- Financial services must be reliable and readily available throughout a country.
- Governments must ensure good infrastructure, for instance in terms of energy supply or transport facilities. Public-private partnerships can prove useful in this context.
- Governments must draft and implement industrial policies, so Africa will not only export commodities but also process them in the future. In any case, Africa must create more value.
- Education and vocational training are crucially relevant since more people – women and young people in particular – must acquire knowledge and skills in order to become productive empoyees.
- Integration in regional economic communities must advance, boosting competitiveness and reducing obstacles such as customs and taxes.
- National governments must enforce laws reliably, including coherent and sensible tax legislation.
- The international community must organise an open and fair regime for world trade as well as a solid financial architecture. “This is an appeal to all governments in the world,” Köhler said in Accra. “The trade system is not fair enough.” African companies certainly deserve access to rich nations’ markets.
Baah Kwabena in Makrola market understands the relevance of all these issues. Financial services are an example. Entrepreneurs depend on access to credit. Kwabena often requires loans to procure the supplies he needs in his shop – but not every bank will grant such loans. And those who do tend to charge high interest rates and spend a long time with paper work.
Hubertus Graf von Plettenberg works for the DEG and says that, in most African countries, both micro credit and large-scale credit is readily available. In between, however, he sees a huge gap. SMEs struggle to get financing worth several thousand rather than millions of dollars. The success of SMEs and start-ups, however, especially depends on credit. And these are the companies that create the most jobs. “Germany has faired will with its dispersed and diversified banking industry,” Plettenberg says. He explains that commercial banks, cooperatives and municipal savings and loans coexist in Germany, with each category serving its specific market segment.
Kwabena knows one Ghanaian bank that suits his most important need. The UT bank has promised to disburse loans in 48 hours. Sometimes he even gets the money within 14 minutes, Kwabena reports. The management of UT Bank considers business with SMEs to be very promising. So far, however, other banks have not taken this approach in Ghana.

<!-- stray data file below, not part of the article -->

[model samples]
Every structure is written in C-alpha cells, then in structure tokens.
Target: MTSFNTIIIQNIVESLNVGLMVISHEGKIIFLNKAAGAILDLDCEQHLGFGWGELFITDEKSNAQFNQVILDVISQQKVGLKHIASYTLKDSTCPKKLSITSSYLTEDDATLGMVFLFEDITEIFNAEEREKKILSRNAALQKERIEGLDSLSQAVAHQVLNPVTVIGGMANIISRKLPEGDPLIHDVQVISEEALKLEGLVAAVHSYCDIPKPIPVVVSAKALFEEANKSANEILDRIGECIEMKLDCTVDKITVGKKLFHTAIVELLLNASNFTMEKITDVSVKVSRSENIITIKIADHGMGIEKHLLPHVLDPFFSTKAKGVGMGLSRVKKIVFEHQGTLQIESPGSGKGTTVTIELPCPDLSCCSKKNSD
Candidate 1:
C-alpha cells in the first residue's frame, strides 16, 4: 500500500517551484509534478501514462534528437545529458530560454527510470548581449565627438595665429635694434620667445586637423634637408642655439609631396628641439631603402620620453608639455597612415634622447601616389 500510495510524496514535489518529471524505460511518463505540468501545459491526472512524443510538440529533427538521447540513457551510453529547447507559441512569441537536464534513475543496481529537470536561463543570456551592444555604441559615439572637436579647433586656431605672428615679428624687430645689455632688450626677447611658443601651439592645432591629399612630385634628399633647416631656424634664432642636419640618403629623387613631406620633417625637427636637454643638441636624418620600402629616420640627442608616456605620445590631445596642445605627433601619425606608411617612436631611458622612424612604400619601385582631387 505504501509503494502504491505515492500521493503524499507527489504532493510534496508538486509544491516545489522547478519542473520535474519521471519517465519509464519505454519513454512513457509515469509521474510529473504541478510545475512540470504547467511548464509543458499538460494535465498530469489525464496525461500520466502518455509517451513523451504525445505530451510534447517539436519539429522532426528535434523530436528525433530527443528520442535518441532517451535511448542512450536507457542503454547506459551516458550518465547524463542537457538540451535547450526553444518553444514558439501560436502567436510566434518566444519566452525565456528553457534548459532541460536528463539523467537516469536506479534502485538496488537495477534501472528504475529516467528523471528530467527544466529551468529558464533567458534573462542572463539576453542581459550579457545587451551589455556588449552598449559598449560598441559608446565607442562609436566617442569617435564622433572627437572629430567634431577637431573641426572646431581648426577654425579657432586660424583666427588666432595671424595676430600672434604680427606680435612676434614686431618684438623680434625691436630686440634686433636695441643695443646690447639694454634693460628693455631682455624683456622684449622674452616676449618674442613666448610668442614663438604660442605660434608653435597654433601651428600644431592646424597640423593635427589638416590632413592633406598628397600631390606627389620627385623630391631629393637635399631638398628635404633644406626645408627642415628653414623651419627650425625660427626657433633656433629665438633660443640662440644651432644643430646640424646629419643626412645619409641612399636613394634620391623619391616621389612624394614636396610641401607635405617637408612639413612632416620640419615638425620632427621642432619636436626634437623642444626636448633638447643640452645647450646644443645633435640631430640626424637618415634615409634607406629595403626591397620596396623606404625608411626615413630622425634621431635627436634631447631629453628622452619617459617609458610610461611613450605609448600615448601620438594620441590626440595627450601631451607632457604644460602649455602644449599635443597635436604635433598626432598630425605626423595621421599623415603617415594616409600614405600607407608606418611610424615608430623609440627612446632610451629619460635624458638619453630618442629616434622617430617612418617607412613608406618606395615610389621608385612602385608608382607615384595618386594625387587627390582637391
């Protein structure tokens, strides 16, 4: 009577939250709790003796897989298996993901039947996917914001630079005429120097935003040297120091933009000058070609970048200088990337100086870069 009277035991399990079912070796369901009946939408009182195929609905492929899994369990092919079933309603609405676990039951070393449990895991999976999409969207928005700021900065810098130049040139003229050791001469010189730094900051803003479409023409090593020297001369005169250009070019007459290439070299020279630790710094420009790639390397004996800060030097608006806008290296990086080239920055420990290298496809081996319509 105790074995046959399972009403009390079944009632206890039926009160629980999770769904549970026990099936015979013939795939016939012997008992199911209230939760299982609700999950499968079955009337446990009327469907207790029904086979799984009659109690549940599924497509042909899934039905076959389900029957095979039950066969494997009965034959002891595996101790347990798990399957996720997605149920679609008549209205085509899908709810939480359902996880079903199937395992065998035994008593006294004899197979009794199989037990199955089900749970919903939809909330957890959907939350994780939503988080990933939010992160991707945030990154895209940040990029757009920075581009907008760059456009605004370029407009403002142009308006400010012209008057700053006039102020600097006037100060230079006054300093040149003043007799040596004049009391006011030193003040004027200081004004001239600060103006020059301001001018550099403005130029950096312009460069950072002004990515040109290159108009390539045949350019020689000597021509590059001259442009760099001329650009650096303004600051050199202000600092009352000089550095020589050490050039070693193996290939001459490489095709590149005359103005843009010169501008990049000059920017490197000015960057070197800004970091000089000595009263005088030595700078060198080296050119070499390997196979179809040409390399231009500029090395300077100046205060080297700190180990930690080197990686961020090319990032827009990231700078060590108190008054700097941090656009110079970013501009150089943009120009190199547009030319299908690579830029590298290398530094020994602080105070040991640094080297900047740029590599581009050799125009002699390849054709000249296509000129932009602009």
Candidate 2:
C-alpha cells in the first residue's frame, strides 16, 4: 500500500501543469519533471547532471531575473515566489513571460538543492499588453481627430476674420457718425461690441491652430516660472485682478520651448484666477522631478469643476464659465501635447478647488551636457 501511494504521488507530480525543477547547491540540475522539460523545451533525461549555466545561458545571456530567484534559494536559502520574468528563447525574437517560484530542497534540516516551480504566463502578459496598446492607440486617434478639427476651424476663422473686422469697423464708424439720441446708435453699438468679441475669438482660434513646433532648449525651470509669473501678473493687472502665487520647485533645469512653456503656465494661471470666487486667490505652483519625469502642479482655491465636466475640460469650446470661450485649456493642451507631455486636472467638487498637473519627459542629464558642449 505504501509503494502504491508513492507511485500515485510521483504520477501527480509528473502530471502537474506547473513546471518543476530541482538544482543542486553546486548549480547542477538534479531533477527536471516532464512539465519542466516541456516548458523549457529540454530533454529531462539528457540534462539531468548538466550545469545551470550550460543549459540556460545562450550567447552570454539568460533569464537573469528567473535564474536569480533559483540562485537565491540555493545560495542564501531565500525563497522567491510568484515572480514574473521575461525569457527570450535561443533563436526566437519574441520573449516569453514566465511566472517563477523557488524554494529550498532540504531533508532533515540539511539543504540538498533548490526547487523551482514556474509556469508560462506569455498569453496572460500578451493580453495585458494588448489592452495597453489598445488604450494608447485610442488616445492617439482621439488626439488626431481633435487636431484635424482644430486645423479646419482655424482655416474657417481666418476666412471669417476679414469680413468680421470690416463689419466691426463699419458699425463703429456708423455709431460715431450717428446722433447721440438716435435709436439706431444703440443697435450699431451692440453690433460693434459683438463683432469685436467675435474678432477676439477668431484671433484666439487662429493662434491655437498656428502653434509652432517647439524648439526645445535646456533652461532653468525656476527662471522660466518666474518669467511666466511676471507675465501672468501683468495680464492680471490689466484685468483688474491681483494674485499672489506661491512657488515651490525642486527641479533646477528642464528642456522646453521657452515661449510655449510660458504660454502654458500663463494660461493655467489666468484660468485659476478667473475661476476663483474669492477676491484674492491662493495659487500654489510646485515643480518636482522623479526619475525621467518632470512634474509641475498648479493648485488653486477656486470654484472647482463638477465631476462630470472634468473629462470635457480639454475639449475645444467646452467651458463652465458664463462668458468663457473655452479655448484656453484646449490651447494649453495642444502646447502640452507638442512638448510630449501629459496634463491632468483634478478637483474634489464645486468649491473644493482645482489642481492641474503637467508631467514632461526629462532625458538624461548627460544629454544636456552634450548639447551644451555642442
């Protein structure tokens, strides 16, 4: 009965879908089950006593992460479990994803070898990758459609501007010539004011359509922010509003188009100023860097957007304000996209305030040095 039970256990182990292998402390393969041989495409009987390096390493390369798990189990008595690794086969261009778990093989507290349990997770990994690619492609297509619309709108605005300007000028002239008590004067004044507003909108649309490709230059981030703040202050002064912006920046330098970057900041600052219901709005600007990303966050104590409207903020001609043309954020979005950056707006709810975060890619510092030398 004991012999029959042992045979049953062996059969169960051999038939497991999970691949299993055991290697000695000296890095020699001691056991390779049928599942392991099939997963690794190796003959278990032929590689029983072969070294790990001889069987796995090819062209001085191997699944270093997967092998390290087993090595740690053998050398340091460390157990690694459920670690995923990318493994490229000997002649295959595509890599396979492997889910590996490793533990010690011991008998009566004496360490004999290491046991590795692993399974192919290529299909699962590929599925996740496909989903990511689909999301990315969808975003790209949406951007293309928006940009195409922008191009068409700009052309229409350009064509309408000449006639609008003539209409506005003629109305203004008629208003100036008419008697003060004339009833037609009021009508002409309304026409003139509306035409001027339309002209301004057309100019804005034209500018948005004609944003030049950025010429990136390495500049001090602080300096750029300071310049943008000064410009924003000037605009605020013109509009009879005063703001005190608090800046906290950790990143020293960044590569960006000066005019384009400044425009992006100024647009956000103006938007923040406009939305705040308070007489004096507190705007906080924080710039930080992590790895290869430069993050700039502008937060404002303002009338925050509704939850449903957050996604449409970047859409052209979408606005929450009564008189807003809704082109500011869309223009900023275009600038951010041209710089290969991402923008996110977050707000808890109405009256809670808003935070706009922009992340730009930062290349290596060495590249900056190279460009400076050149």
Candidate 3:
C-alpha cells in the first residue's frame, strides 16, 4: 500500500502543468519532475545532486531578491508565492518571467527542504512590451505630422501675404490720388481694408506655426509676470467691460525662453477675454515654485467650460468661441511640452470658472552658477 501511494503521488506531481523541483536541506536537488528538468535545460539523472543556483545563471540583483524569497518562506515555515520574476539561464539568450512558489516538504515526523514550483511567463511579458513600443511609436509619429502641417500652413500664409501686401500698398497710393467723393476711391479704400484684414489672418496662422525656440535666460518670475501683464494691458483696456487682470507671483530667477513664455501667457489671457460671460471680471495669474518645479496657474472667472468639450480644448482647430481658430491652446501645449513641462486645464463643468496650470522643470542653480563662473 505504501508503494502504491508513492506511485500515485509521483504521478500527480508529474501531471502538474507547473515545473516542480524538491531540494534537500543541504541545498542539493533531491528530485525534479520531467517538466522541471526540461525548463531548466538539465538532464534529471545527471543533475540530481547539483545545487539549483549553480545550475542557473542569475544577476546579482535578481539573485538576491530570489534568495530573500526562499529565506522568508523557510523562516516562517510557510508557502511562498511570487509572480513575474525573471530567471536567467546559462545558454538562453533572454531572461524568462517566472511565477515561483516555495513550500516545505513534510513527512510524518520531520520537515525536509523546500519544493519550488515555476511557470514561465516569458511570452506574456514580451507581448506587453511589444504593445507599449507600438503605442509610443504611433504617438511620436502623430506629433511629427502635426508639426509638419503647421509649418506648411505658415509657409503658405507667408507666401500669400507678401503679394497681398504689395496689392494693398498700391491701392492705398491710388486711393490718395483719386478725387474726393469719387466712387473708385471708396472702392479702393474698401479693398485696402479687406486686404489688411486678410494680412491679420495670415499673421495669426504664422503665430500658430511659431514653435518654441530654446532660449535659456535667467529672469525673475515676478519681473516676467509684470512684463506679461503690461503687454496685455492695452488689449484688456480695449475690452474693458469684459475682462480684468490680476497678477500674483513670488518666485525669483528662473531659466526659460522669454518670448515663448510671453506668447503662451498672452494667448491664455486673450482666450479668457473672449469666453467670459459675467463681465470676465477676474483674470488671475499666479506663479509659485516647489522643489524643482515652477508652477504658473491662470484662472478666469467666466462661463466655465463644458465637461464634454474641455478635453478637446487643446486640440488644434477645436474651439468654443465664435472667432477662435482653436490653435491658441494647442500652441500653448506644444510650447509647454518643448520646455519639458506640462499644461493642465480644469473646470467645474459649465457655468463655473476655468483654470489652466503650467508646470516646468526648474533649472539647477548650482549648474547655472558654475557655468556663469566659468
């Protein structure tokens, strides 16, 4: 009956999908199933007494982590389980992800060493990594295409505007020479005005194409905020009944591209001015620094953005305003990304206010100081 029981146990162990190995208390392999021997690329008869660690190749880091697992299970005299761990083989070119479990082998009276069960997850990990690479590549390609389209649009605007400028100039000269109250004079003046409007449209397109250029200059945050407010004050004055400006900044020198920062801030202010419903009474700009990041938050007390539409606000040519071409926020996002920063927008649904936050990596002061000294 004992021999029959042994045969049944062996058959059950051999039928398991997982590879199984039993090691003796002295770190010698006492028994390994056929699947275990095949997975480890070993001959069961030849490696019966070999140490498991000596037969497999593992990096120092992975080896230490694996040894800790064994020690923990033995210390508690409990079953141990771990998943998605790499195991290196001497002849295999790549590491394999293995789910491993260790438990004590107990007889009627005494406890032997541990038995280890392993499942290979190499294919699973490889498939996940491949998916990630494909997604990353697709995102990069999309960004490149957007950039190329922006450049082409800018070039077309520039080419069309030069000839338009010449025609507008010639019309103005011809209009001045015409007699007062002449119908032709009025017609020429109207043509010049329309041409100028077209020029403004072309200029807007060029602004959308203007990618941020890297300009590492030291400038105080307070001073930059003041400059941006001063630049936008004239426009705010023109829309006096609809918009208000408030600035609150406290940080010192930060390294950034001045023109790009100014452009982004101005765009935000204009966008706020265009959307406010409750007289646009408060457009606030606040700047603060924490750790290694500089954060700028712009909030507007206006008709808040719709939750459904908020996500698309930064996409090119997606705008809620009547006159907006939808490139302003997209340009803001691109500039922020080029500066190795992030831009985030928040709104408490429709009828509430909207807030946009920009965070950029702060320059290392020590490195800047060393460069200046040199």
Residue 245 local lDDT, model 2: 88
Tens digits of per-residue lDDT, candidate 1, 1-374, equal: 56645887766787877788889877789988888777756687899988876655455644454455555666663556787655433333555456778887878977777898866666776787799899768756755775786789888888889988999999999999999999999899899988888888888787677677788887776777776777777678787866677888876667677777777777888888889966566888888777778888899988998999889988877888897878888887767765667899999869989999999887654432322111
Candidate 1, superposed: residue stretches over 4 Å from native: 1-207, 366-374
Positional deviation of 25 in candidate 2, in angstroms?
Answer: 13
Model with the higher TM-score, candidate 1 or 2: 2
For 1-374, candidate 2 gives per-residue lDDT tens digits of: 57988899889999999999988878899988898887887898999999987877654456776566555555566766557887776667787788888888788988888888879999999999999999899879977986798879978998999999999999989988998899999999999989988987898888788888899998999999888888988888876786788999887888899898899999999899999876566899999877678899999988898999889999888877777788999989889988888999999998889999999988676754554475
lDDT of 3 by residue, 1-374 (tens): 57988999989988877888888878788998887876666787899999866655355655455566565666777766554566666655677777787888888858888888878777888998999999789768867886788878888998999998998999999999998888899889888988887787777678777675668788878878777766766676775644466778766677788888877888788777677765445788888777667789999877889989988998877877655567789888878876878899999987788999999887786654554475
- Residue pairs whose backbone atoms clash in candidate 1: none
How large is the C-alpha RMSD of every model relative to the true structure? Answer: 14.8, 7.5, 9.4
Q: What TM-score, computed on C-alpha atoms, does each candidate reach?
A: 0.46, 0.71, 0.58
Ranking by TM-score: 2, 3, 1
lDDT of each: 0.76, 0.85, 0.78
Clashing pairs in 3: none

A new global partnership
“Discussions with entrepreneurs have made it clear that they share our goals,” Maina said after the event in Accra. Köhler agreed: “We need to move forward together. We need a new global partnership, a new spirit of cooperation.”
Richard Kimani Rugendo is the founder of Kevian Kenya, a company that produces fruit juices. In his eyes, the global north and global south face the same challenge. “We must leave the world in a better and more sustainable condition to the next generation.” Cooperation of north and south can be fruitful, as Hartmut Sieper, the founder of the German company Trans Africa Invest, points out. He says that 60 % of potential and so-far unused agricultural land is in Africa and foreign direct investments in this sector could generate millions of new jobs.
Private-sector businesses are not only about profit, as became evident in Accra. “Never before have I attended a meeting with entrepreneurs who showed such an interest in their environmental and social responsibility,” says DEG expert Plettenberg. Köhler’s assessment was: “The entrepreneurs are taking social and environmental responsibility into account, and they see ways for running profitable businesses on that basis.”
“We are quite satisfied with the results of our dialogue,” Köhler said in Accra. “We have established a network of people who are willing to listen to one another and want to cooperate in a constructive way.” Köhler promised to forward the outcome document to the other members of the High-Level Panel.
Eva-Maria Verfürth is a member of D+C/E+Z’s editorial team.